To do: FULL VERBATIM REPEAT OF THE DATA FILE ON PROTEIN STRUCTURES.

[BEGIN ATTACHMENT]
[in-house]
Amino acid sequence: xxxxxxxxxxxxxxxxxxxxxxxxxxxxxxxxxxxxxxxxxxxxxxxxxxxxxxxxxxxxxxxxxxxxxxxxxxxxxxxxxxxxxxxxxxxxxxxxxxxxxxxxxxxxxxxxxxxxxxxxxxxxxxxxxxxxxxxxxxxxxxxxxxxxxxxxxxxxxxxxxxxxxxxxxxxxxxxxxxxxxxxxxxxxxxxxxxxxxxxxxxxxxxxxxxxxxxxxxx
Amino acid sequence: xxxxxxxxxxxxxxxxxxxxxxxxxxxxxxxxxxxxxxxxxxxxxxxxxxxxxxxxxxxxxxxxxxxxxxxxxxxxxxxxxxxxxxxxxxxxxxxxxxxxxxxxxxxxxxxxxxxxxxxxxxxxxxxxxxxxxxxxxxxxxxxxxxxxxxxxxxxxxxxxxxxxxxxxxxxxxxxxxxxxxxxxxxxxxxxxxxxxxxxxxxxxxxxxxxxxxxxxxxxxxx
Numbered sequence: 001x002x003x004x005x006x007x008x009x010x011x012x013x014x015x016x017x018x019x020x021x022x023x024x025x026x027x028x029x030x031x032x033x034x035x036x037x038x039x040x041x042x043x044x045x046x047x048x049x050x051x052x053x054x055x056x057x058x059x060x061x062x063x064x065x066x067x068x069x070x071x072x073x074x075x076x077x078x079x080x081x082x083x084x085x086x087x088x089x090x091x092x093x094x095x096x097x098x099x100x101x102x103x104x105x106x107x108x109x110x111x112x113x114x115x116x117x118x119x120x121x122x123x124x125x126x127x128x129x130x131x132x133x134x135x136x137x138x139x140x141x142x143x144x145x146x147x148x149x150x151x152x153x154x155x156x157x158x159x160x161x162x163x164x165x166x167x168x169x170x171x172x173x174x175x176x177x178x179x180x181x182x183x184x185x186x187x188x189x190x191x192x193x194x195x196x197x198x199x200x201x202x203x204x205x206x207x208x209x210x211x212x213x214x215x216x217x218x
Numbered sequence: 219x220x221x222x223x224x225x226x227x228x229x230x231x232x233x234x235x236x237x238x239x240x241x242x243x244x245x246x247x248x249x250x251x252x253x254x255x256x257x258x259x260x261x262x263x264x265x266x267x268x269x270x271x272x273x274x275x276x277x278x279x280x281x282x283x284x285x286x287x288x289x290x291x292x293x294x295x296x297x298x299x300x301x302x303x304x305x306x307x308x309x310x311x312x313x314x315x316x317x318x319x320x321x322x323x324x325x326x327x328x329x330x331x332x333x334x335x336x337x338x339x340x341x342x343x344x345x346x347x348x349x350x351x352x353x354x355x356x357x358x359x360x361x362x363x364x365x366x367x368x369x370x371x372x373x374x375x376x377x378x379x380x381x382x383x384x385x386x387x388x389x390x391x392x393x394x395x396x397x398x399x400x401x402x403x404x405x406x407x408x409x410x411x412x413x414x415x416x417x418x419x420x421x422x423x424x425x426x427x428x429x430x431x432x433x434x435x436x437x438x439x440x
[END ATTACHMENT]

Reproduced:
[in-house]
Amino acid sequence: xxxxxxxxxxxxxxxxxxxxxxxxxxxxxxxxxxxxxxxxxxxxxxxxxxxxxxxxxxxxxxxxxxxxxxxxxxxxxxxxxxxxxxxxxxxxxxxxxxxxxxxxxxxxxxxxxxxxxxxxxxxxxxxxxxxxxxxxxxxxxxxxxxxxxxxxxxxxxxxxxxxxxxxxxxxxxxxxxxxxxxxxxxxxxxxxxxxxxxxxxxxxxxxxxxxxxxxxxx
Amino acid sequence: xxxxxxxxxxxxxxxxxxxxxxxxxxxxxxxxxxxxxxxxxxxxxxxxxxxxxxxxxxxxxxxxxxxxxxxxxxxxxxxxxxxxxxxxxxxxxxxxxxxxxxxxxxxxxxxxxxxxxxxxxxxxxxxxxxxxxxxxxxxxxxxxxxxxxxxxxxxxxxxxxxxxxxxxxxxxxxxxxxxxxxxxxxxxxxxxxxxxxxxxxxxxxxxxxxxxxxxxxxxxxx
Numbered sequence: 001x002x003x004x005x006x007x008x009x010x011x012x013x014x015x016x017x018x019x020x021x022x023x024x025x026x027x028x029x030x031x032x033x034x035x036x037x038x039x040x041x042x043x044x045x046x047x048x049x050x051x052x053x054x055x056x057x058x059x060x061x062x063x064x065x066x067x068x069x070x071x072x073x074x075x076x077x078x079x080x081x082x083x084x085x086x087x088x089x090x091x092x093x094x095x096x097x098x099x100x101x102x103x104x105x106x107x108x109x110x111x112x113x114x115x116x117x118x119x120x121x122x123x124x125x126x127x128x129x130x131x132x133x134x135x136x137x138x139x140x141x142x143x144x145x146x147x148x149x150x151x152x153x154x155x156x157x158x159x160x161x162x163x164x165x166x167x168x169x170x171x172x173x174x175x176x177x178x179x180x181x182x183x184x185x186x187x188x189x190x191x192x193x194x195x196x197x198x199x200x201x202x203x204x205x206x207x208x209x210x211x212x213x214x215x216x217x218x
Numbered sequence: 219x220x221x222x223x224x225x226x227x228x229x230x231x232x233x234x235x236x237x238x239x240x241x242x243x244x245x246x247x248x249x250x251x252x253x254x255x256x257x258x259x260x261x262x263x264x265x266x267x268x269x270x271x272x273x274x275x276x277x278x279x280x281x282x283x284x285x286x287x288x289x290x291x292x293x294x295x296x297x298x299x300x301x302x303x304x305x306x307x308x309x310x311x312x313x314x315x316x317x318x319x320x321x322x323x324x325x326x327x328x329x330x331x332x333x334x335x336x337x338x339x340x341x342x343x344x345x346x347x348x349x350x351x352x353x354x355x356x357x358x359x360x361x362x363x364x365x366x367x368x369x370x371x372x373x374x375x376x377x378x379x380x381x382x383x384x385x386x387x388x389x390x391x392x393x394x395x396x397x398x399x400x401x402x403x404x405x406x407x408x409x410x411x412x413x414x415x416x417x418x419x420x421x422x423x424x425x426x427x428x429x430x431x432x433x434x435x436x437x438x439x440x